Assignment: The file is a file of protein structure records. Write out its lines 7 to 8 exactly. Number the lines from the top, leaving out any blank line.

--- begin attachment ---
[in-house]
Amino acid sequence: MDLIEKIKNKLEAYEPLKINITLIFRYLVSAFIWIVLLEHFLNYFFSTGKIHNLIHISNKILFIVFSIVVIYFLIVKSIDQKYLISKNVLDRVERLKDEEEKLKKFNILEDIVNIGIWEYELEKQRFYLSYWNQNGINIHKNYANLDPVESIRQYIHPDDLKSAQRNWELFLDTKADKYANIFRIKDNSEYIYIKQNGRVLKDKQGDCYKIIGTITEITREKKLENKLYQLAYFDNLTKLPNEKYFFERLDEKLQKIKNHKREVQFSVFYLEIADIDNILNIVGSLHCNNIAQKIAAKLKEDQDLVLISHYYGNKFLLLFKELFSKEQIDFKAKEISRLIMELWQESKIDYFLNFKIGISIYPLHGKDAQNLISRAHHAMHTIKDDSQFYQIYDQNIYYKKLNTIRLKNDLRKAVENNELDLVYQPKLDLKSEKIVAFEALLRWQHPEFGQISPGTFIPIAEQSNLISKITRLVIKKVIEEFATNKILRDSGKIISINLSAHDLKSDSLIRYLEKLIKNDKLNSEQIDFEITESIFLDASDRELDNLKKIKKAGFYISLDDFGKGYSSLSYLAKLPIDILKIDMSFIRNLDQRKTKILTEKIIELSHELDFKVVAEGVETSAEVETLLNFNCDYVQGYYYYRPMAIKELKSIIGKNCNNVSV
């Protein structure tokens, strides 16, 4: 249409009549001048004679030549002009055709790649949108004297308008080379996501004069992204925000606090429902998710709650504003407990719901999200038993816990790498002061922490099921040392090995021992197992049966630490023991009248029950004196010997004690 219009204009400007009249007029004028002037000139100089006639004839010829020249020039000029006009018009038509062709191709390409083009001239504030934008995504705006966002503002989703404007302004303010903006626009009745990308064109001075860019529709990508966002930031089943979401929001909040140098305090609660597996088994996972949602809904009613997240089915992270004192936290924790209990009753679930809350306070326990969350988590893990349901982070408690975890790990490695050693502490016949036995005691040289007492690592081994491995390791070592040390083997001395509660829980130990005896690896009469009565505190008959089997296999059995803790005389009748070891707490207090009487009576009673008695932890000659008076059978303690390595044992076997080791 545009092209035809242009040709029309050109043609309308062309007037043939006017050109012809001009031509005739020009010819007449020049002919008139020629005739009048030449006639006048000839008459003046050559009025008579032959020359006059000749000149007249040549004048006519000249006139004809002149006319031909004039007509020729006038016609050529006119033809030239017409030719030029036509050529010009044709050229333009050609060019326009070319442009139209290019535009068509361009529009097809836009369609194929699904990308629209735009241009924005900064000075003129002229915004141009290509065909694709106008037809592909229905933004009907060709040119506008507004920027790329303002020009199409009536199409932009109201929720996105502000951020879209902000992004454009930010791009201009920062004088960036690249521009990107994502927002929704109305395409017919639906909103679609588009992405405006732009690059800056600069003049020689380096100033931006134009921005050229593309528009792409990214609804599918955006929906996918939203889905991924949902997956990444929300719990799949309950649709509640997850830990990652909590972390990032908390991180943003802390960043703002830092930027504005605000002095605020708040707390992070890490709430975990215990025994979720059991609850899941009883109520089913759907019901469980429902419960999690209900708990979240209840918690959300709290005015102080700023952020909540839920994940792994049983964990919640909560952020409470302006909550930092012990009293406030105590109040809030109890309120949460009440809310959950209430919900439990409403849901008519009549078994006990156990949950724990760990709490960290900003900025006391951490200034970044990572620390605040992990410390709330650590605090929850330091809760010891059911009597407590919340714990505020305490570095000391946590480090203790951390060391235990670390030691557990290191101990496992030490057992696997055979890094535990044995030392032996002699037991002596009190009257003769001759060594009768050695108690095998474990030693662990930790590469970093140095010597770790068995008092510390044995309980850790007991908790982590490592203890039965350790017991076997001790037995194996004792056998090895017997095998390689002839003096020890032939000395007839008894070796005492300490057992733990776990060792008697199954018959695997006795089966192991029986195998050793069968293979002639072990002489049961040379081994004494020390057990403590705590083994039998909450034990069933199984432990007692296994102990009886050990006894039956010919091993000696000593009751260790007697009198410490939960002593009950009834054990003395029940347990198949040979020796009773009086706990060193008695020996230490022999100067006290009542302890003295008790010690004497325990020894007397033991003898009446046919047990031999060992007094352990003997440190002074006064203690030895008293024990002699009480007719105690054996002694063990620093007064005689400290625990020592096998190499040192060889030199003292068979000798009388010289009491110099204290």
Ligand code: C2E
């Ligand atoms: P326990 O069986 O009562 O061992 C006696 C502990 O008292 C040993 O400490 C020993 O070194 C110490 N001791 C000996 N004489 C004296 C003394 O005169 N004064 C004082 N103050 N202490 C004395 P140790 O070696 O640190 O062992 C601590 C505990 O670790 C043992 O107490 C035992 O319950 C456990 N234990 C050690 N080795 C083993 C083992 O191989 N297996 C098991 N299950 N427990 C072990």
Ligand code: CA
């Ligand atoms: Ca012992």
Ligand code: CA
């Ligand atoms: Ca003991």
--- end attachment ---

């Ligand atoms: Ca012992």
Ligand code: CA